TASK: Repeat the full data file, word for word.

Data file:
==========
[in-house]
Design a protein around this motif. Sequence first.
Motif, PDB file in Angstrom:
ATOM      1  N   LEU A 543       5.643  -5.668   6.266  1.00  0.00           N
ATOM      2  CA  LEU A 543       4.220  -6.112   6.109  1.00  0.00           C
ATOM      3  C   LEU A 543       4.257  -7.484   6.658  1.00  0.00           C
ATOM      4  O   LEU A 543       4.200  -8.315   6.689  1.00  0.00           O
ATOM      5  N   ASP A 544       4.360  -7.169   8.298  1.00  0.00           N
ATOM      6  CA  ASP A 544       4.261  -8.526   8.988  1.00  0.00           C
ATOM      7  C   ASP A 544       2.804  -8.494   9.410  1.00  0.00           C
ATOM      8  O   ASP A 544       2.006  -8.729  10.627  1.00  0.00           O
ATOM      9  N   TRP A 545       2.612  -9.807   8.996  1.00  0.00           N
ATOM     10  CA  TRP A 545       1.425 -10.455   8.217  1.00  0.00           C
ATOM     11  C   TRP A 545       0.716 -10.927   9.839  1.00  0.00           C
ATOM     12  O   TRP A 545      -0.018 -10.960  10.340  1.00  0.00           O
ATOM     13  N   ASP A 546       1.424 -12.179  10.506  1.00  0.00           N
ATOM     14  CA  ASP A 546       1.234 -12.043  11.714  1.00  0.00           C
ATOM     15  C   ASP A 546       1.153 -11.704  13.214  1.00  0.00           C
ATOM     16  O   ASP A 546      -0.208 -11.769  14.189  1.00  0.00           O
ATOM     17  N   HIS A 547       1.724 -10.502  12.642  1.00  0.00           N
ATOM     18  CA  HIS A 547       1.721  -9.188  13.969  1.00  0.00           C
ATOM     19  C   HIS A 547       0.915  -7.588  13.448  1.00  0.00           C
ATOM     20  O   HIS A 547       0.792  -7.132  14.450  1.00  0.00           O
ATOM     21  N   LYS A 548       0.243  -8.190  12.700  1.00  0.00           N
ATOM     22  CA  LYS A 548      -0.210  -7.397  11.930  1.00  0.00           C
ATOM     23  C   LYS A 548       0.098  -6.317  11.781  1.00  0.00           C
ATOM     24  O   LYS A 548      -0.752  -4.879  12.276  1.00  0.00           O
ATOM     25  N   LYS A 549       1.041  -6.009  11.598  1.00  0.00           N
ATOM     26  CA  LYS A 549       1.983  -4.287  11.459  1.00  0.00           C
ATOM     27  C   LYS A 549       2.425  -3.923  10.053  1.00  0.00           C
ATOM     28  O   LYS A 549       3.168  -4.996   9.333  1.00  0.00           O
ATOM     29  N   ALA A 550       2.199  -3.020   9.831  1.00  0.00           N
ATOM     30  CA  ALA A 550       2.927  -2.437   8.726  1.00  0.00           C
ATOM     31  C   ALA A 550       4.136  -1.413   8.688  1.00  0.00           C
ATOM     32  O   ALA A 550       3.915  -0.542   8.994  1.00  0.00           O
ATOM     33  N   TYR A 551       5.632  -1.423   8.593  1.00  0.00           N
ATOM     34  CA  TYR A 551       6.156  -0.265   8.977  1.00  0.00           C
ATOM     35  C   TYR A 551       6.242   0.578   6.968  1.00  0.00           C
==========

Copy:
[in-house]
Design a protein around this motif. Sequence first.
Motif, PDB file in Angstrom:
ATOM      1  N   LEU A 543       5.643  -5.668   6.266  1.00  0.00           N
ATOM      2  CA  LEU A 543       4.220  -6.112   6.109  1.00  0.00           C
ATOM      3  C   LEU A 543       4.257  -7.484   6.658  1.00  0.00           C
ATOM      4  O   LEU A 543       4.200  -8.315   6.689  1.00  0.00           O
ATOM      5  N   ASP A 544       4.360  -7.169   8.298  1.00  0.00           N
ATOM      6  CA  ASP A 544       4.261  -8.526   8.988  1.00  0.00           C
ATOM      7  C   ASP A 544       2.804  -8.494   9.410  1.00  0.00           C
ATOM      8  O   ASP A 544       2.006  -8.729  10.627  1.00  0.00           O
ATOM      9  N   TRP A 545       2.612  -9.807   8.996  1.00  0.00           N
ATOM     10  CA  TRP A 545       1.425 -10.455   8.217  1.00  0.00           C
ATOM     11  C   TRP A 545       0.716 -10.927   9.839  1.00  0.00           C
ATOM     12  O   TRP A 545      -0.018 -10.960  10.340  1.00  0.00           O
ATOM     13  N   ASP A 546       1.424 -12.179  10.506  1.00  0.00           N
ATOM     14  CA  ASP A 546       1.234 -12.043  11.714  1.00  0.00           C
ATOM     15  C   ASP A 546       1.153 -11.704  13.214  1.00  0.00           C
ATOM     16  O   ASP A 546      -0.208 -11.769  14.189  1.00  0.00           O
ATOM     17  N   HIS A 547       1.724 -10.502  12.642  1.00  0.00           N
ATOM     18  CA  HIS A 547       1.721  -9.188  13.969  1.00  0.00           C
ATOM     19  C   HIS A 547       0.915  -7.588  13.448  1.00  0.00           C
ATOM     20  O   HIS A 547       0.792  -7.132  14.450  1.00  0.00           O
ATOM     21  N   LYS A 548       0.243  -8.190  12.700  1.00  0.00           N
ATOM     22  CA  LYS A 548      -0.210  -7.397  11.930  1.00  0.00           C
ATOM     23  C   LYS A 548       0.098  -6.317  11.781  1.00  0.00           C
ATOM     24  O   LYS A 548      -0.752  -4.879  12.276  1.00  0.00           O
ATOM     25  N   LYS A 549       1.041  -6.009  11.598  1.00  0.00           N
ATOM     26  CA  LYS A 549       1.983  -4.287  11.459  1.00  0.00           C
ATOM     27  C   LYS A 549       2.425  -3.923  10.053  1.00  0.00           C
ATOM     28  O   LYS A 549       3.168  -4.996   9.333  1.00  0.00           O
ATOM     29  N   ALA A 550       2.199  -3.020   9.831  1.00  0.00           N
ATOM     30  CA  ALA A 550       2.927  -2.437   8.726  1.00  0.00           C
ATOM     31  C   ALA A 550       4.136  -1.413   8.688  1.00  0.00           C
ATOM     32  O   ALA A 550       3.915  -0.542   8.994  1.00  0.00           O
ATOM     33  N   TYR A 551       5.632  -1.423   8.593  1.00  0.00           N
ATOM     34  CA  TYR A 551       6.156  -0.265   8.977  1.00  0.00           C
ATOM     35  C   TYR A 551       6.242   0.578   6.968  1.00  0.00           C